The Story Within

My NaNo project is falling together like you wouldn’t believe. I’m extremely pleased with the result and can’t wait to start writing this project. I’ve already started warning my family that November is “Karen Month” and I’ll be spending a lot of time behind closed doors. However, I’ve also be telling them that I’ll be accepting visitors bearing gifts of cups of tea and encouragement who don’t want to chat for too long. They didn’t seem overly impressed or willing. Never mind. I’ve still got time to talk them around.

Anyway, during this in-depth planning I realised that the supporting characters where just there to look good and didn’t actually have much of a part to play. I knew everything about them, but not their storylines, so I had to fix that. I used the Snowflake method to sort out that problem. Now they are real characters with real problems and I’m now sure their presence will improve the overall story.

I then set about “fattening” the plot so that I don’t run into problems in the middle of NaNo and anyone who has done NaNo will know that we can’t afford to flounder … and there’s definitely no time to sit and think … in the middle of the month. No, we must be able to type, type, type. I’ve broken the story down into five parts – the beginning, three cycles (borrowed from Helen Parocha’s Dynamic Tension Charts) and the ending. During November, this type of planning will help me stay focused, but will also ensure I don’t come up against a brick wall and stop typing. This is exactly what I need, because not having a plan like this will only cause me stress and stress will stop the words from flowing. That will only lead to disaster.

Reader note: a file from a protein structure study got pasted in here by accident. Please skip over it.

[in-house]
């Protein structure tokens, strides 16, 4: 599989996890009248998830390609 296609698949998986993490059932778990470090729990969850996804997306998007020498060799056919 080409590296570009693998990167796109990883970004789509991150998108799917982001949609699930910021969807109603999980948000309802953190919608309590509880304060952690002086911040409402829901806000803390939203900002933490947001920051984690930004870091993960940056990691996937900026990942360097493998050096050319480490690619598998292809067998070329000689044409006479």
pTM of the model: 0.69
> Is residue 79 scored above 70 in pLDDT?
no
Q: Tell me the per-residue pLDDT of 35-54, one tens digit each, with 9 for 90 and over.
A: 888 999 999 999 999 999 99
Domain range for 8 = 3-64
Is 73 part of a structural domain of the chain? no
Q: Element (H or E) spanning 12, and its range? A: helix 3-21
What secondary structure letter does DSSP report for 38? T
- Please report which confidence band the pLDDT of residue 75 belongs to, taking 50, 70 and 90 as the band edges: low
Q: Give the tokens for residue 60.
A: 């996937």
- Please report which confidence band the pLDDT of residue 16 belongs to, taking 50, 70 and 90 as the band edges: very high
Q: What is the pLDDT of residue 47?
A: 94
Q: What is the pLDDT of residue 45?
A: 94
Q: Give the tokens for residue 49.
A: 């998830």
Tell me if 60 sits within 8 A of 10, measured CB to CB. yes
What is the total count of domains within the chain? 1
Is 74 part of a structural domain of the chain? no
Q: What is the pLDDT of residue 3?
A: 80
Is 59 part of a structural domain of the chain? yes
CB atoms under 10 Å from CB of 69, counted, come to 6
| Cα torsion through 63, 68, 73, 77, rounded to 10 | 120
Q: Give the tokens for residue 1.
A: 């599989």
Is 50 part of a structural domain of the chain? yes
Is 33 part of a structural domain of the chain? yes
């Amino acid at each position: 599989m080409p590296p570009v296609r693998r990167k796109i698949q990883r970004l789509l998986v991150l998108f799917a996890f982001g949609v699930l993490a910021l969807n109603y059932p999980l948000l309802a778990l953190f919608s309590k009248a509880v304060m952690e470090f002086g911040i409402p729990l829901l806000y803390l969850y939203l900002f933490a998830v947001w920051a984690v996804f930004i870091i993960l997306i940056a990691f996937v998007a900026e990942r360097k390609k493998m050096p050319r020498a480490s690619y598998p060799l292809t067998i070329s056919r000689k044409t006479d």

Finally, on the weekend, I realised that this story has another story within the main story which must be told in order for the whole thing to make sense. Yesterday, I spent the majority of the day planning out this mini story. At the end of the day I felt content that the two stories, when merged, will make a powerful combination. More than that I will not say at this stage.

Now I have to merge the plan for this second story into the plan for the first story, so that both are covered from the beginning to the end. Once I’ve done this I’m pretty well ready to write. I even know what the first sentence will be.

A Change in Direction

On 1 October 2007, I wrote the following:

Now I must move on to the second part of the goal. I have until the end of October to plan book three. This sounds like a long time, but I’ve been thinking about this book – on and off – for some months now and still don’t have any real ideas (except for the ending). For this reason, I hope a month is long enough for the planning. However, setting a public goal and a deadline might just be what is needed to get the job done. We’ll see.

Eight days have passed since then and yesterday I finally started working on that plan. In all honesty, I’m having trouble with the plot and the plan isn’t going well. This has nothing to do with writer’s block or laziness on my part. There’s another reason altogether – another story has pushed its way to the surface and is demanding some attention.